• A comparison of the AMS radiocarbon dates with European Bronze Age armour to allow a well-founded classification of the find in the LBA material culture.
  • A comparative provenance investigation of the helmet's metal to identify or exclude local manufacture (by comparison with contemporary cast debris) and define related networks.

The project aims are related to open questions concerning the appearance of the slightly twisted horns, their iconographical connections, and assumptions concerning the crafting by non-craftspeople. As a goldsmith, I was 2018 able to have a first look at the helmets and, as part of an investigation into the origins of the Bronze Age metallurgy, new organic- and metal samples were obtained. Hence, the proposed project will base its investigation on the newly published AMS radiocarbon dates, trace elemental and lead isotope data of the metal used in the crafting of helmet B13552 and a detailed craft technical investigation of both helmets.


Research project "Investigating connections between mobility of people and shifting trading networks during the Middle Bronze Age" financed by the Danish Cultural Ministry 2020-2021, Moesgaard Museum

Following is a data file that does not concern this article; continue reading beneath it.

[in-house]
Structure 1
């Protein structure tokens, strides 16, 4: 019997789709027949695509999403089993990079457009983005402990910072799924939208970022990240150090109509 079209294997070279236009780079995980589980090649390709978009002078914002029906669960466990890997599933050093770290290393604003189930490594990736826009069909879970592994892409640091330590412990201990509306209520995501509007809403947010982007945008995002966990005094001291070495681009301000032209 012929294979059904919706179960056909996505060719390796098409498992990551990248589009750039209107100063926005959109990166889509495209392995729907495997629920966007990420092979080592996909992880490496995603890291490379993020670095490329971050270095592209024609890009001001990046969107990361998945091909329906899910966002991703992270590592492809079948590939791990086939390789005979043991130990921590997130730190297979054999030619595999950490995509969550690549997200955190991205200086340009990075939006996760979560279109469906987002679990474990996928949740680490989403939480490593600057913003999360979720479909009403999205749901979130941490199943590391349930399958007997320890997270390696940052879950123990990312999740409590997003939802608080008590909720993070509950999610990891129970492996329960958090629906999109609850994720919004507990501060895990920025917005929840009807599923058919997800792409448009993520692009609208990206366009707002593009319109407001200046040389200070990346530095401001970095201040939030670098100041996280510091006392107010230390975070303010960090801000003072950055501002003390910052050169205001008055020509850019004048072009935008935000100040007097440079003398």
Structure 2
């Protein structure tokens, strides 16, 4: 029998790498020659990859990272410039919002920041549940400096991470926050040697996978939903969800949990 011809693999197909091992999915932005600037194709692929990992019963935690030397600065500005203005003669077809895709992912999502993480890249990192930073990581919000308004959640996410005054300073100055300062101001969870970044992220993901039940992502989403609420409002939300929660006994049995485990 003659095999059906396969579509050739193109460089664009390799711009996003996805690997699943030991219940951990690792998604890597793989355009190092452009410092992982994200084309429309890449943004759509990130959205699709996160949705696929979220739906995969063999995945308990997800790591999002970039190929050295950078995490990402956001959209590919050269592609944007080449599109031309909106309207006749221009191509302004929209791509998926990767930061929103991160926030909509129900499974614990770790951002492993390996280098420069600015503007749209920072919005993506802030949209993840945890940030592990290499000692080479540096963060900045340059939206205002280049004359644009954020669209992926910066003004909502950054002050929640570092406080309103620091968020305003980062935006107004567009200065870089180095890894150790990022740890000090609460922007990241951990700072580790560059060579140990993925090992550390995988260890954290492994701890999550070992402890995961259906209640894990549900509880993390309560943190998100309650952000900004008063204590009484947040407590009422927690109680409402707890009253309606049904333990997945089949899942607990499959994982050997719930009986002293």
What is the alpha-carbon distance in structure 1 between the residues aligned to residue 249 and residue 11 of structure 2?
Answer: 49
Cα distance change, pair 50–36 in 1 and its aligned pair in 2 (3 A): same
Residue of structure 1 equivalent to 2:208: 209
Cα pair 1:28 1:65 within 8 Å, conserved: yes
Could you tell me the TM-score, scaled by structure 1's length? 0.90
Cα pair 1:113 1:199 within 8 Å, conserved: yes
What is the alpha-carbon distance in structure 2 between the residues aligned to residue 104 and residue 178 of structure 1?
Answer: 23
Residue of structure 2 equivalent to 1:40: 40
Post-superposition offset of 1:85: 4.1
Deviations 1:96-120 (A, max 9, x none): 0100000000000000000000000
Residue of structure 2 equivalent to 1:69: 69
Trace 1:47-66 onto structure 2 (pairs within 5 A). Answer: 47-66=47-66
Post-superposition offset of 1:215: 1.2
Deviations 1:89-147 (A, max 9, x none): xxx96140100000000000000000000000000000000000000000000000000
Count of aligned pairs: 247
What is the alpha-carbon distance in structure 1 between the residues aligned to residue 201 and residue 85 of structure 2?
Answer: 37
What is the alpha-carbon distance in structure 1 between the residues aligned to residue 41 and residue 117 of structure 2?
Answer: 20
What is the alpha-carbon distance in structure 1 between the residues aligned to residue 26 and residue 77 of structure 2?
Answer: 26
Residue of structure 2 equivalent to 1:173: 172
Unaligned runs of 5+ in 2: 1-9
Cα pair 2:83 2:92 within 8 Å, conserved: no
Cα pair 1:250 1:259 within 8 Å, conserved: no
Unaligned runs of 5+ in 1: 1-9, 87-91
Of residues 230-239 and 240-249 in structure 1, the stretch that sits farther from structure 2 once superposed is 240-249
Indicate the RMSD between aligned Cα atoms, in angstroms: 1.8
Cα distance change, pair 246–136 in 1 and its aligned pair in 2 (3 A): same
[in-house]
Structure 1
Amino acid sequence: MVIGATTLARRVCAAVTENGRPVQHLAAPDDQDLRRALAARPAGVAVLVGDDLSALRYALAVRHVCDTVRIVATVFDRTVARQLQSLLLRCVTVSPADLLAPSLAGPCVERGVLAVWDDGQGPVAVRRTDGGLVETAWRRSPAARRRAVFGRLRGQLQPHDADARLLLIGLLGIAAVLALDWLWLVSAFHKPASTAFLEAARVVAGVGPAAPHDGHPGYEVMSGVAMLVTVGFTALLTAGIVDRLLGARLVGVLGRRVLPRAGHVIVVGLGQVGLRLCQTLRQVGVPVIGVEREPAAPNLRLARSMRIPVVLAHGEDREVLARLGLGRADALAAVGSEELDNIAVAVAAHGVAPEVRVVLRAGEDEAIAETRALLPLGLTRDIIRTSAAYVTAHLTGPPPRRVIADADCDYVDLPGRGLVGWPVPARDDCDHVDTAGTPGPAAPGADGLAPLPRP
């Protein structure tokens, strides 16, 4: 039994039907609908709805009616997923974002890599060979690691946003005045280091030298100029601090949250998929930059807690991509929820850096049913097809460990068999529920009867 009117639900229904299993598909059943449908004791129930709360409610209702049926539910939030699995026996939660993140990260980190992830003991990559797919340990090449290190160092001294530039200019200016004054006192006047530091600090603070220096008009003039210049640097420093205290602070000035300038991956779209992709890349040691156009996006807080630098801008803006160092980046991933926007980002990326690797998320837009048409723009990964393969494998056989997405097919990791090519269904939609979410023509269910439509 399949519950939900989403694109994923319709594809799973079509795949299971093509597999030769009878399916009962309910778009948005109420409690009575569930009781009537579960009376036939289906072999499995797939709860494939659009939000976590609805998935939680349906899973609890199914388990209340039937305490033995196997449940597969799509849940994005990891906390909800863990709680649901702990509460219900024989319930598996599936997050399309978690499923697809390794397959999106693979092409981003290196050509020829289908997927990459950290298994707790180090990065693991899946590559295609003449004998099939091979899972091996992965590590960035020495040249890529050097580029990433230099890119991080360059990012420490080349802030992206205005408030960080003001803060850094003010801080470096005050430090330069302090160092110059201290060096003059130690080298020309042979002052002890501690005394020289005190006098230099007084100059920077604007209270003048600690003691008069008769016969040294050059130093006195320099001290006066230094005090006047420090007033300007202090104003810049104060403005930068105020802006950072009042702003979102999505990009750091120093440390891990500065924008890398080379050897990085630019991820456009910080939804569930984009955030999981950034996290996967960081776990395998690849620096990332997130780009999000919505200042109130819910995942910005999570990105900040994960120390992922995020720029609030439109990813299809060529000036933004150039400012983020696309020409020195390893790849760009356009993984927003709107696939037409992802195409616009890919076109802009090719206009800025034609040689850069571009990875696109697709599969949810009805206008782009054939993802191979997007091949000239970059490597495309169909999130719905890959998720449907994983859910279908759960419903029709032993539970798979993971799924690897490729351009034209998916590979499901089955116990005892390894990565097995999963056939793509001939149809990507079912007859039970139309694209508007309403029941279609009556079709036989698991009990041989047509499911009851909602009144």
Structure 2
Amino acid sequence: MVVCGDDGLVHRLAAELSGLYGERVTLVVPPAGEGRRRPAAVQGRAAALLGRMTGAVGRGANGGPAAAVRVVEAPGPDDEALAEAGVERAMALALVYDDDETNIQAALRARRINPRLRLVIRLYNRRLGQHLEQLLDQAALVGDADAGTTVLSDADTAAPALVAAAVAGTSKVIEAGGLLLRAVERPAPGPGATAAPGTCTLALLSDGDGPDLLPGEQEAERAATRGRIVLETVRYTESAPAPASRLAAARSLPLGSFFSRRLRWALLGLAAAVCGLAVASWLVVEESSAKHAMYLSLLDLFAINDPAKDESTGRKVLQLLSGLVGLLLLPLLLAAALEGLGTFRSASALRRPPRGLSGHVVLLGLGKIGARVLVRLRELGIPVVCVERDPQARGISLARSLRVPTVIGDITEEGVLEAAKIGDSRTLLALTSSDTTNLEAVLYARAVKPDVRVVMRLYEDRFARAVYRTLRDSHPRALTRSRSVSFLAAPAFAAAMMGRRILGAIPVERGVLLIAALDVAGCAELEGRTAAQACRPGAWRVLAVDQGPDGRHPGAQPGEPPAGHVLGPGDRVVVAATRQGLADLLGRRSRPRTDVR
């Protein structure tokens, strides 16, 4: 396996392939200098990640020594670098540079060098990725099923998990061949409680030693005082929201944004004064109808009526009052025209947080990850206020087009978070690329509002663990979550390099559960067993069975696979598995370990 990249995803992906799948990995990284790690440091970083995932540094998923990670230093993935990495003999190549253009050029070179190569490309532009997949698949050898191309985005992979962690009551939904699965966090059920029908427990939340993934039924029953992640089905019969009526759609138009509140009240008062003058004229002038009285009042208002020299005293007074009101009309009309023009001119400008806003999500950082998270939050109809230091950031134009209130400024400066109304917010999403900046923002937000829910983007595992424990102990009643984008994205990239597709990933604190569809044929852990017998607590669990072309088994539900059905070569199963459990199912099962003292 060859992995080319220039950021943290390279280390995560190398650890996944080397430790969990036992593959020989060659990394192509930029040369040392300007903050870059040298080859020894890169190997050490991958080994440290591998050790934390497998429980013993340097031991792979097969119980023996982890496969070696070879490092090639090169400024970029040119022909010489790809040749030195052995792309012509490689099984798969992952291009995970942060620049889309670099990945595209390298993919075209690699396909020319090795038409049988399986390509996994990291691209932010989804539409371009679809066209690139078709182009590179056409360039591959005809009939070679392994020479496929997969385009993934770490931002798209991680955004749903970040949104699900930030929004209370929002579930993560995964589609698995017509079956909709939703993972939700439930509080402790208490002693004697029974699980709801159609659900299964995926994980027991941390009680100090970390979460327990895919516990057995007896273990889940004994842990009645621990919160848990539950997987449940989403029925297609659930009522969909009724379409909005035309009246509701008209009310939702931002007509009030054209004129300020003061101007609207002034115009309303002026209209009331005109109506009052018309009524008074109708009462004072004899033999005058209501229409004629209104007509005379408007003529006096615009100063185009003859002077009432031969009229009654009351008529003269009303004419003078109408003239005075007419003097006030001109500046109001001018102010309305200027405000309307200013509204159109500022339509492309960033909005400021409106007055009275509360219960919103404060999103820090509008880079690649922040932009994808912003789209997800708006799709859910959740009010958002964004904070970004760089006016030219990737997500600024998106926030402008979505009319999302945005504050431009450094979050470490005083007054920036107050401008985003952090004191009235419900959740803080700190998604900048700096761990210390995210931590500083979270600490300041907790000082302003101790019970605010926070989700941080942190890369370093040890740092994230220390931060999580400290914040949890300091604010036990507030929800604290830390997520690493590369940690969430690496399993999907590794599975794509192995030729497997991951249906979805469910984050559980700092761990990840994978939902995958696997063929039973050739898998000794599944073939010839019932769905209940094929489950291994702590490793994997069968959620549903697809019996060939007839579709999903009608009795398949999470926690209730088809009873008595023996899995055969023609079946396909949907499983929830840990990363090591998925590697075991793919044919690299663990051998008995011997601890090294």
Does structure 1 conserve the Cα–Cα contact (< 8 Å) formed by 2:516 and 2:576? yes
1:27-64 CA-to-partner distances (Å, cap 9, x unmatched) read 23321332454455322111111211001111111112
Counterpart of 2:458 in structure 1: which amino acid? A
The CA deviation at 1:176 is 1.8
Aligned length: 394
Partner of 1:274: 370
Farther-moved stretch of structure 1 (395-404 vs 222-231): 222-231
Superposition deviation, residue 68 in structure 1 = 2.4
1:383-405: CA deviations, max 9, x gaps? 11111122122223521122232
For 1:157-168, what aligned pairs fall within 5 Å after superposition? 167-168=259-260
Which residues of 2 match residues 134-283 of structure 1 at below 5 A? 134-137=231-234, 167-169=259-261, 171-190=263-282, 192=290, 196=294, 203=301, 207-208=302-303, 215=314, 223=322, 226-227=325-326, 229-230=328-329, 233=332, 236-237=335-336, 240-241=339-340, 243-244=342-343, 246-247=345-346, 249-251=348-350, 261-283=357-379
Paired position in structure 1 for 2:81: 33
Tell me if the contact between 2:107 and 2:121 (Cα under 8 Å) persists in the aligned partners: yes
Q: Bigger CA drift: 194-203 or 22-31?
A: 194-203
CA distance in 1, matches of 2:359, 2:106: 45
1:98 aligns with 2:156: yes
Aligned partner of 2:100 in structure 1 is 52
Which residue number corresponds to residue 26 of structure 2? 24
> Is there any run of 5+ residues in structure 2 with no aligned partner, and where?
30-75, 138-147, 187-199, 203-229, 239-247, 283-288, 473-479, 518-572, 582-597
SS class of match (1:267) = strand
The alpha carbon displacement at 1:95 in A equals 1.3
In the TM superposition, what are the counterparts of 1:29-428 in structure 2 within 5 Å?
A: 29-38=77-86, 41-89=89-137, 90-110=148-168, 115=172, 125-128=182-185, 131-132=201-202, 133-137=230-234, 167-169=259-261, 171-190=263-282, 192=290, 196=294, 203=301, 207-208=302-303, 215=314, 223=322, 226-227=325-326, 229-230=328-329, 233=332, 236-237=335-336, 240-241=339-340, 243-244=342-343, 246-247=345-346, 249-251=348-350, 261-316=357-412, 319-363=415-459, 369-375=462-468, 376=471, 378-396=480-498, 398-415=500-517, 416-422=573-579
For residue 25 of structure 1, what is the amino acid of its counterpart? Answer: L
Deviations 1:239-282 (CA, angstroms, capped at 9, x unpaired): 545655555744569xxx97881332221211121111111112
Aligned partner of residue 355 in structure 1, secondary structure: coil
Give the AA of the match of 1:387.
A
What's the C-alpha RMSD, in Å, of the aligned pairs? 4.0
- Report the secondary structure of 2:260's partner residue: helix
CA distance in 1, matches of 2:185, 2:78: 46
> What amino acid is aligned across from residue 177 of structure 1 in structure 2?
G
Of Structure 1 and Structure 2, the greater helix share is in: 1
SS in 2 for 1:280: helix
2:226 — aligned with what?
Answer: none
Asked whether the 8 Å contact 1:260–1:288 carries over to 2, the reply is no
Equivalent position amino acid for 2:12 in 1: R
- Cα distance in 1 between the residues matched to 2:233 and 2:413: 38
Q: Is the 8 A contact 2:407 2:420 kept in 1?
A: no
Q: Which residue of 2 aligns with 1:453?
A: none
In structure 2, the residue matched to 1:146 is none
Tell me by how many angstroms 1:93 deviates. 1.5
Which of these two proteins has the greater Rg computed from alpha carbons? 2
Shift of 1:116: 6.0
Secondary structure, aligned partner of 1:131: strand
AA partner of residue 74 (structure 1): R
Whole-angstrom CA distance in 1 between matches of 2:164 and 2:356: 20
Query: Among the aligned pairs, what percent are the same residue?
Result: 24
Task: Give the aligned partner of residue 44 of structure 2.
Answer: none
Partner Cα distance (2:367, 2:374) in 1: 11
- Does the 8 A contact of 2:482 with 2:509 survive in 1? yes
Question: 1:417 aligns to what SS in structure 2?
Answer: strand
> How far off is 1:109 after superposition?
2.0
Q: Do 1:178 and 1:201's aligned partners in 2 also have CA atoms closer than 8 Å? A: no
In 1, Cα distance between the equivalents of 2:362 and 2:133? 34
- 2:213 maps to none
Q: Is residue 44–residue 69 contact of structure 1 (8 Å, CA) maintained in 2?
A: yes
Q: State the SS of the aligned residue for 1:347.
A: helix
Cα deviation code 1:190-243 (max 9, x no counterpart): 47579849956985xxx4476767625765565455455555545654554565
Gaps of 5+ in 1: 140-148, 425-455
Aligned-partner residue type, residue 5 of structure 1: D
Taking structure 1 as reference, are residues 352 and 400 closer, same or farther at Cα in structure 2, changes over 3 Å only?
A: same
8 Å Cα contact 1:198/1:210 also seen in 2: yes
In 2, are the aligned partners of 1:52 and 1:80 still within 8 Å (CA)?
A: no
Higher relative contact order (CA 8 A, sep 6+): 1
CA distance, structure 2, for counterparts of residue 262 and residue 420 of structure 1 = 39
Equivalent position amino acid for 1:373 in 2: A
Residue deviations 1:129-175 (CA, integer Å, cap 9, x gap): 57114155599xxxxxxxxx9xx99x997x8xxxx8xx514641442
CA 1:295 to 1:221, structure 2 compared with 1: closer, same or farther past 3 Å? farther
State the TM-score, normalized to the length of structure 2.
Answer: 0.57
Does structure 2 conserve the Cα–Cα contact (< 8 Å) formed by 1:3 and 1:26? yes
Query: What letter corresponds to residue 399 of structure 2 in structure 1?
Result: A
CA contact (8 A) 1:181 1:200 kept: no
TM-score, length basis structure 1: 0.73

This project offers a number of innovative aspects with the potential to advance the two involved academic disciplines, geochemistry and archaeology, to role model future interdisciplinary collaboration in the field. This project will combine craft technology and geochemical studies to reconstruct the complete chaîne opératoire from processing to production from a social perspective. Via truly interdisciplinary thinking the micro-perspective (workshop relations) and the macro-perspective (exchange networks) of Bronze Age society are identified to answer questions regarding the connection between the mobility of people (specific women) and the shifting metal trading networks in the middle Bronze Age in southern Scandinavia.


DFF-Sapere Aude postdoc project: An archaeological fingerprint: Isotopes as a key to trace Denmark’s metal supply and routes of transfer in Early Bronze Age (2100-1500 BCE). 

2016-2019 Aarhus University/ Curt-Engelhorn Centre for Archaeometry/ Heidelberg University